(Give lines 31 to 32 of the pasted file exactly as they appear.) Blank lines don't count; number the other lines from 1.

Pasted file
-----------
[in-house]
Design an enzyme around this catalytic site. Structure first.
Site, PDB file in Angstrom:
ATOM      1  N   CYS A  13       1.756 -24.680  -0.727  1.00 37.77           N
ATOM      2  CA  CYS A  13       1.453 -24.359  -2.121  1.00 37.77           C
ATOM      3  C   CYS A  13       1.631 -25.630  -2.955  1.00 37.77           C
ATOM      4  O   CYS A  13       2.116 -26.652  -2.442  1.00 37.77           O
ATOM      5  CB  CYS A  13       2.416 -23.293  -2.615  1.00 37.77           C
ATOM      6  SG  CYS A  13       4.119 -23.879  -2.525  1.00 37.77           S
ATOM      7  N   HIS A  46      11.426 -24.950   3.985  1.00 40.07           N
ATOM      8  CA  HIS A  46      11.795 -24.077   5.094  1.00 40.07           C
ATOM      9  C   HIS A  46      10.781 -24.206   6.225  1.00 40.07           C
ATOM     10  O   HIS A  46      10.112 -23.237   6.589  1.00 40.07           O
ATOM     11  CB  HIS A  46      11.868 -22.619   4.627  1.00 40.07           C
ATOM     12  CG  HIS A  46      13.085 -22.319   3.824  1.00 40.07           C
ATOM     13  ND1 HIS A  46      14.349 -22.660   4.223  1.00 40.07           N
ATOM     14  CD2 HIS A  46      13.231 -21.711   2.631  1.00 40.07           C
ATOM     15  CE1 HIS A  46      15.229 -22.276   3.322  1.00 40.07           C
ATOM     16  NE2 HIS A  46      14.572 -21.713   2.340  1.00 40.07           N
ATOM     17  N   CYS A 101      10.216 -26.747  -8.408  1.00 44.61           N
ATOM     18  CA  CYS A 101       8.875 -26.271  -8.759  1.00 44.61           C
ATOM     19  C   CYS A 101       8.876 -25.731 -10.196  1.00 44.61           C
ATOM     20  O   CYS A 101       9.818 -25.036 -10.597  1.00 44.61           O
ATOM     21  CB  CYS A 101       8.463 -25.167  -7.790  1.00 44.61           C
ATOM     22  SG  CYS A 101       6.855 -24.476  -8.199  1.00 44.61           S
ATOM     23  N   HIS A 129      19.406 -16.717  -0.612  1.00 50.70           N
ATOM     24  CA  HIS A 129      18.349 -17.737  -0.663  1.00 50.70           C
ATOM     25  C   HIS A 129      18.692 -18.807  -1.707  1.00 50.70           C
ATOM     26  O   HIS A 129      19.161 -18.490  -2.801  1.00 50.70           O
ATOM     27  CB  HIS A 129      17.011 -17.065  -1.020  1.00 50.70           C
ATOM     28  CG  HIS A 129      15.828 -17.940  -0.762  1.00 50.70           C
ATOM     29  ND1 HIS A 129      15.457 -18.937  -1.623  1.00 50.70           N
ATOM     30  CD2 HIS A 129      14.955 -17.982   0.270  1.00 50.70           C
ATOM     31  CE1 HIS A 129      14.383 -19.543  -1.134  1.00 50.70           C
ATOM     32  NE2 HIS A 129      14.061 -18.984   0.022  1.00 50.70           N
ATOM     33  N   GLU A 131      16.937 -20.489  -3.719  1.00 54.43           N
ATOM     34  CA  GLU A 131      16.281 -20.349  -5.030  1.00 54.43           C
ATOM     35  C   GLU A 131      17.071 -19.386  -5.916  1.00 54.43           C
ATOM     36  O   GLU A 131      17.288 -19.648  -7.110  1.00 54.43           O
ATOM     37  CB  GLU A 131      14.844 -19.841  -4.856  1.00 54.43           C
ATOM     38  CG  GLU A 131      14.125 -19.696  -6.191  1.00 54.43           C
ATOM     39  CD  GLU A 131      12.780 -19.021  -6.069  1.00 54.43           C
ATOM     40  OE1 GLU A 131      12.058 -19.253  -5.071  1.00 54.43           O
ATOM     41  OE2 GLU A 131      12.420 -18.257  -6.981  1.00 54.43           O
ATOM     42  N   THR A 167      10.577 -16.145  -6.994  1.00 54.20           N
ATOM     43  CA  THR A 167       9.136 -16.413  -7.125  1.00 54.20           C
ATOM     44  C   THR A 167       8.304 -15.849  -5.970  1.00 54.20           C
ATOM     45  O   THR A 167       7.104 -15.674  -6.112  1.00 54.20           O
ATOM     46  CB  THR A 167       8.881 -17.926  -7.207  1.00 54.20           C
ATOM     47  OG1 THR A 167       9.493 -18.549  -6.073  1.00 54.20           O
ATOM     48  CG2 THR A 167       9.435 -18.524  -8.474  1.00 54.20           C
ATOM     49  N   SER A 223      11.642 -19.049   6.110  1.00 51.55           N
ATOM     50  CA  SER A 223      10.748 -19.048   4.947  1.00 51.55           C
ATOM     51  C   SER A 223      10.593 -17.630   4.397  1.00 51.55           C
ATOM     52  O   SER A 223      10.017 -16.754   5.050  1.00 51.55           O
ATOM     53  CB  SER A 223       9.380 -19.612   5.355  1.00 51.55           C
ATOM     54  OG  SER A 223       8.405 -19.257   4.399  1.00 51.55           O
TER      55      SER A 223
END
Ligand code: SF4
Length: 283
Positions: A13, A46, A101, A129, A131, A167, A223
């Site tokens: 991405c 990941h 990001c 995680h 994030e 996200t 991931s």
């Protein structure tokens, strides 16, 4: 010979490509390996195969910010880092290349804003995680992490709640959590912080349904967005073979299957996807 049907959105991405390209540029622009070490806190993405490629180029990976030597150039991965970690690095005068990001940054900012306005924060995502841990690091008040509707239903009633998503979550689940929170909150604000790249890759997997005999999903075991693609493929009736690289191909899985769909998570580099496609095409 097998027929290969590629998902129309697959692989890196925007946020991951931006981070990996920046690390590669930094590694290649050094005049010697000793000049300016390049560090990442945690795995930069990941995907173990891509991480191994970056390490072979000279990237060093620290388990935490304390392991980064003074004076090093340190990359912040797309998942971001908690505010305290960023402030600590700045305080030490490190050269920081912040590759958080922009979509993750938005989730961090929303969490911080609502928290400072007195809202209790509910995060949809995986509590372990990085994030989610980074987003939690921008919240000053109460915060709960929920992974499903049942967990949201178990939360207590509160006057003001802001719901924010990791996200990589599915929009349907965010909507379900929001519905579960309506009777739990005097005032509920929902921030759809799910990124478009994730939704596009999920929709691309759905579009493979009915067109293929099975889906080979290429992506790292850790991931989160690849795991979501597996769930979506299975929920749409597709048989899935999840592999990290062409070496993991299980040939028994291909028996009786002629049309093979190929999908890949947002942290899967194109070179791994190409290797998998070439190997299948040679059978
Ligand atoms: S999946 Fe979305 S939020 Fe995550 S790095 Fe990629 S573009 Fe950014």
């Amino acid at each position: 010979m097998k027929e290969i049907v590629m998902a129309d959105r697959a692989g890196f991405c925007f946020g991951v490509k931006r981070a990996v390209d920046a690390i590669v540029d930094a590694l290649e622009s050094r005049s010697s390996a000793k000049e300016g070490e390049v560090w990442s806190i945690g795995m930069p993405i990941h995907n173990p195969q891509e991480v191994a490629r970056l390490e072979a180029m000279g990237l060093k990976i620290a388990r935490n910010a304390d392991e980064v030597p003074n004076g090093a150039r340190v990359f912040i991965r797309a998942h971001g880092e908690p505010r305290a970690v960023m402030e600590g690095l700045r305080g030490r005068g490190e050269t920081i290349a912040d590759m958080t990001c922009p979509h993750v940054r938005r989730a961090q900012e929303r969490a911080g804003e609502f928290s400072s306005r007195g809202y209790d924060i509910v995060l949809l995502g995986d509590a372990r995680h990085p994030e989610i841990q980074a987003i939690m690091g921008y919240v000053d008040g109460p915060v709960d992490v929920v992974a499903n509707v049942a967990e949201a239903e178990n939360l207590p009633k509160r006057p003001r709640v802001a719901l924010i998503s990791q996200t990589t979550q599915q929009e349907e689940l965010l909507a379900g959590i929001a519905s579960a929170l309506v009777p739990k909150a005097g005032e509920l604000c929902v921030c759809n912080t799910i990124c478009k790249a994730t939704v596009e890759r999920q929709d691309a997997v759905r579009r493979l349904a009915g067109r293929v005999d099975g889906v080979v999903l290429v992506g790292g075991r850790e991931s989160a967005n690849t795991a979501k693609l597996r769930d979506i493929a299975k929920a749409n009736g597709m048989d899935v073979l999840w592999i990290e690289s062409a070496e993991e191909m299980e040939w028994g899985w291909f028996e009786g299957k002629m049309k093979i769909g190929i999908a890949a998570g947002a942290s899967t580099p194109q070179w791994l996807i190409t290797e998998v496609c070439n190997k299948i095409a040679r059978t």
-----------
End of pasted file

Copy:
ATOM     28  CG  HIS A 129      15.828 -17.940  -0.762  1.00 50.70           C
ATOM     29  ND1 HIS A 129      15.457 -18.937  -1.623  1.00 50.70           N